Earlier Chris Matthews was pretty harsh with the administration. Rachel Maddow tore into them for being silly enough to buy into Fox News' and the likes of Breitbart's attacks and now we have David Gergen and Professor Boyce Watkins saying what they did was ridiculous as well.
When CNN reporter Joe Johns gave Tom Vilsack's lame excuse for why Shirley Sherrod's forced resignation should stand, watch David Gergen's reaction right after this portion of the clip.
Cooper: Joe you've been chasing down the Department of Agriculture side of this story which is that the White House didn't make the call on this. Does that actually hold up though?
Johns: It does. I mean, frankly from what you can... I can tell in talking to various individuals inside the department and also on the record, it seems pretty clear that Sec. Vilsack looked at this thing and said it doesn't matter what she said in the portions of the tape that I'm not hearing.
What she said there... state of mind... is the kind of thing that affects a department that has had literally thousands of discrimination law suits. This department is notorious for that kind of problem and he's trying to clean it up. He says this doesn't help. This is going to affect her job. I don't think she's a racist but she's got to go because... ah... it's a problem. And that's what he did. Good or bad, right or wrong he got rid of her because it was an administrative decision.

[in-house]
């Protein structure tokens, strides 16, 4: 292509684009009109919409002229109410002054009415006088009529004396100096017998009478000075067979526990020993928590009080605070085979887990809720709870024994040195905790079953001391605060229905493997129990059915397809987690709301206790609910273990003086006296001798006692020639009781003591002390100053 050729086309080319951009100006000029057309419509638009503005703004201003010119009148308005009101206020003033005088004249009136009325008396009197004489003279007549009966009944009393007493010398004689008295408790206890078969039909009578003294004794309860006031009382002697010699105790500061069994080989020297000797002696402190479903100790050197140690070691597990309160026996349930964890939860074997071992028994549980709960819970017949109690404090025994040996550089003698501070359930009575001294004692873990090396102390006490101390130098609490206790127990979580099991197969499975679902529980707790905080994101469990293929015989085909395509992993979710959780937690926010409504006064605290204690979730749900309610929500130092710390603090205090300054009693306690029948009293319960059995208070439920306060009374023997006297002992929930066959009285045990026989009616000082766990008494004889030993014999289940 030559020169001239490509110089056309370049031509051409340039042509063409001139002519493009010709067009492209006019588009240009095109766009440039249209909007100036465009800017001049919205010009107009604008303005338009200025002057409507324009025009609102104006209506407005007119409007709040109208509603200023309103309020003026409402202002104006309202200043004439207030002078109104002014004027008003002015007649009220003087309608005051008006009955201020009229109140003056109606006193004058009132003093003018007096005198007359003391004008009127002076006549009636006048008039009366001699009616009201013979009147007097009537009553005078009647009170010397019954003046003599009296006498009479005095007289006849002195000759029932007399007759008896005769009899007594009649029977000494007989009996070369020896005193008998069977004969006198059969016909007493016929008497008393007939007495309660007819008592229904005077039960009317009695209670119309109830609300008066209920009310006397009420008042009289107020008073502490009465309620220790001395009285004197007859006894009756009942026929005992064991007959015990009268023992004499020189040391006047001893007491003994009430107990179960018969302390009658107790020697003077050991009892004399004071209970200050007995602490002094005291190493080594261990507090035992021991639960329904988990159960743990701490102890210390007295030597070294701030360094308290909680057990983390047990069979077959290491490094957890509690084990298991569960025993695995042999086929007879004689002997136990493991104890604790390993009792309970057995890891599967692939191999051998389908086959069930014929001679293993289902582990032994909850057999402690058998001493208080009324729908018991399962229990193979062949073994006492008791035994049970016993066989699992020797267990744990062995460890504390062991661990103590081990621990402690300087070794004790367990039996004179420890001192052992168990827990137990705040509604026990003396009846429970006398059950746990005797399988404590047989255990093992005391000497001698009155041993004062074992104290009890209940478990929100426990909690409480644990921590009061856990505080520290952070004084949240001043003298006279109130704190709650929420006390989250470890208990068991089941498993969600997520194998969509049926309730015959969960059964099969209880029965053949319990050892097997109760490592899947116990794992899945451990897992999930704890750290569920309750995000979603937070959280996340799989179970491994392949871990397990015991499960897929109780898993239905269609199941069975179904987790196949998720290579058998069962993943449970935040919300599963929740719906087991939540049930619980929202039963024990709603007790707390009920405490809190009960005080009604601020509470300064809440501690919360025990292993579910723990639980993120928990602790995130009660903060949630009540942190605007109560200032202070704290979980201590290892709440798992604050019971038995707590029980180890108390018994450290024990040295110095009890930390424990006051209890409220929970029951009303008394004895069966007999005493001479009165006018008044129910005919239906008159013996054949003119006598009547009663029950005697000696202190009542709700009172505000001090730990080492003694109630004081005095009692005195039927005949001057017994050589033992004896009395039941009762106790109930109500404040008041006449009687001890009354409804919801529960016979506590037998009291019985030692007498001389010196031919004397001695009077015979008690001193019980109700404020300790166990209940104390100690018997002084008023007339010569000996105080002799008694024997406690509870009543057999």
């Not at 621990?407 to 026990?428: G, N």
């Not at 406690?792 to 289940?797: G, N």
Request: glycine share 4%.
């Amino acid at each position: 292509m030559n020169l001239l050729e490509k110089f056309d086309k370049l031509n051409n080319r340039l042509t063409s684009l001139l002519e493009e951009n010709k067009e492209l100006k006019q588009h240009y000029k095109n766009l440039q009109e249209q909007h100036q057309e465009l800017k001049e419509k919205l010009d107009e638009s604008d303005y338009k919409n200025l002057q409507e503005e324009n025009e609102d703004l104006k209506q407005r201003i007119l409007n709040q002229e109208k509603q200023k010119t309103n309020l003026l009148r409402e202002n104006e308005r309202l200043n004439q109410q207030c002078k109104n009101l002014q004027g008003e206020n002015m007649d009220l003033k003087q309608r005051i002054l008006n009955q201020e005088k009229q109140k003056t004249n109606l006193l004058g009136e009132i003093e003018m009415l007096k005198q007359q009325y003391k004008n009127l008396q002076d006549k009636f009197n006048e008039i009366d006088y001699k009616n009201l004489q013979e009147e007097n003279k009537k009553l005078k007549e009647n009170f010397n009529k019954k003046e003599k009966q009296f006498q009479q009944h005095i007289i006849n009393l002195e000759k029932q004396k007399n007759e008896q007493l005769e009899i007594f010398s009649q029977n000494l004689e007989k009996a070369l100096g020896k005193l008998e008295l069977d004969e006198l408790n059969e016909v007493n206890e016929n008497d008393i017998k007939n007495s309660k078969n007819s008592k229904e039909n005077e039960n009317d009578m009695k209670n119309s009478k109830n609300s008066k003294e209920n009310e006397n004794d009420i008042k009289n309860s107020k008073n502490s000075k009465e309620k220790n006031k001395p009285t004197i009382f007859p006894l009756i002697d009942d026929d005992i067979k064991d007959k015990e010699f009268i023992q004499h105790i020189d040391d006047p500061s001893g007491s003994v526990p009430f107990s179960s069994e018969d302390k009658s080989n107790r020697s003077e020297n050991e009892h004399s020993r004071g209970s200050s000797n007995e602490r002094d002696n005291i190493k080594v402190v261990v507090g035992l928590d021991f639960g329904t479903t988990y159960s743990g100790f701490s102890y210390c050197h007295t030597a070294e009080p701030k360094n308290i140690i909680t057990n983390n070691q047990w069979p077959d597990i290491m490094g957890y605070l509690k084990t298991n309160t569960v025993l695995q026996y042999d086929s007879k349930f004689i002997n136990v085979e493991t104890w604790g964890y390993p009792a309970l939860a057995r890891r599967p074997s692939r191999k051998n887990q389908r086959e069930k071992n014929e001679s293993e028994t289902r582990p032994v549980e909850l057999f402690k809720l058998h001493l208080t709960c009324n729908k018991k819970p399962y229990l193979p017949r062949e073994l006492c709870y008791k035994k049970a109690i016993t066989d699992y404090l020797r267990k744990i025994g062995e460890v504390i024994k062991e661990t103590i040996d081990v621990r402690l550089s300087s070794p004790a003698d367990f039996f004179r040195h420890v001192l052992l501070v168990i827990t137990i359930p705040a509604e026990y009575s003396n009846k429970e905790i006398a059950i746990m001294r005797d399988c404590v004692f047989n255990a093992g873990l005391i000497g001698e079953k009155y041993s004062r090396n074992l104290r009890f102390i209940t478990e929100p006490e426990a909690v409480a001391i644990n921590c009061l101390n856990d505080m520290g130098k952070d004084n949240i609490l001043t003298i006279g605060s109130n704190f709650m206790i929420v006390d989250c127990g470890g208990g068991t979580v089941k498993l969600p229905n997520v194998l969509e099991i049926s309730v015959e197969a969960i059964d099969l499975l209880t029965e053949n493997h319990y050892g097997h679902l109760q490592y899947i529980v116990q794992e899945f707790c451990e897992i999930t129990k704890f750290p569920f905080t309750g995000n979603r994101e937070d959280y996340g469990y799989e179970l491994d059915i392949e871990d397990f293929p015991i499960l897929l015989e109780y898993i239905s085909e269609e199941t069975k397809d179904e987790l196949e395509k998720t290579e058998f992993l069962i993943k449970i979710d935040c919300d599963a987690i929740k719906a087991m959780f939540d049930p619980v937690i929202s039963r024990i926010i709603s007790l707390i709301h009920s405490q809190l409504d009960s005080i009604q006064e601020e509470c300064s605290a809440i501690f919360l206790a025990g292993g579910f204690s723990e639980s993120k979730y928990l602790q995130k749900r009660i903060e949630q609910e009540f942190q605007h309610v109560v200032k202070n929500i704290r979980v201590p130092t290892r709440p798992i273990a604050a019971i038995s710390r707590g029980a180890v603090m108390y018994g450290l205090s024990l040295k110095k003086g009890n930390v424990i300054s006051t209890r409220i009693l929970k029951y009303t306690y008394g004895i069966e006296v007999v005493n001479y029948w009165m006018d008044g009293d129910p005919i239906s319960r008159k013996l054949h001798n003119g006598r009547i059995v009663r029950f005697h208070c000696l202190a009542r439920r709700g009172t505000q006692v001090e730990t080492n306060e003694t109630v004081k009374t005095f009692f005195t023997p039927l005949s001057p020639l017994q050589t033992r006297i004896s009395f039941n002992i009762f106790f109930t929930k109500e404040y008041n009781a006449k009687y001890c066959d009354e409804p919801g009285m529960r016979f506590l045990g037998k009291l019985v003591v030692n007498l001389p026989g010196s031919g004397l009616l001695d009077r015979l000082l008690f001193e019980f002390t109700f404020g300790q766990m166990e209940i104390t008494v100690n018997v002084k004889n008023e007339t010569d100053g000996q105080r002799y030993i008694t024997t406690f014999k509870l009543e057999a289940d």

David Gergen just physically demonstrated what it looks like when someone's head is literally spinning at the end of that statement.
I don't always agree with David Gergen and have had a lot of issues with some of his hackery on CNN. This wasn't one of those times. What he said during the segment about Sherrod is right. The White House should bring her back. Here's what he had to say about Sherrod and how the White House should handle it during the interview.
I am happy that CNN and Anderson Cooper have decided to go down to Haiti to shine a spotlight on just how dire the circumstances there are with their coverage over the last few days. That said, this "Keeping Them Honest" segment left a lot to be desired. They failed to note some of the reasons for the extreme poverty there that Susie wrote about here at C&L--Let's Talk About Haiti's REAL Deal With The Devil: Exploitation By The Western World.. They failed to talk about how so much of the intervention in that country has been nothing but destructive as covered by Democracy Now. And no mention of the coup in 2004 that The Nation reported on--Coup in Haiti.
I'm no expert on Haiti but you don't have to be one to see how horrid the mainstream media has been with telling us what has caused this natural disaster to be even worse. While this segment hit at some of the real problems in that country, they really just whitewashed the underlying causes and the role The United States and other countries have had in making their misery as horrid as it is now.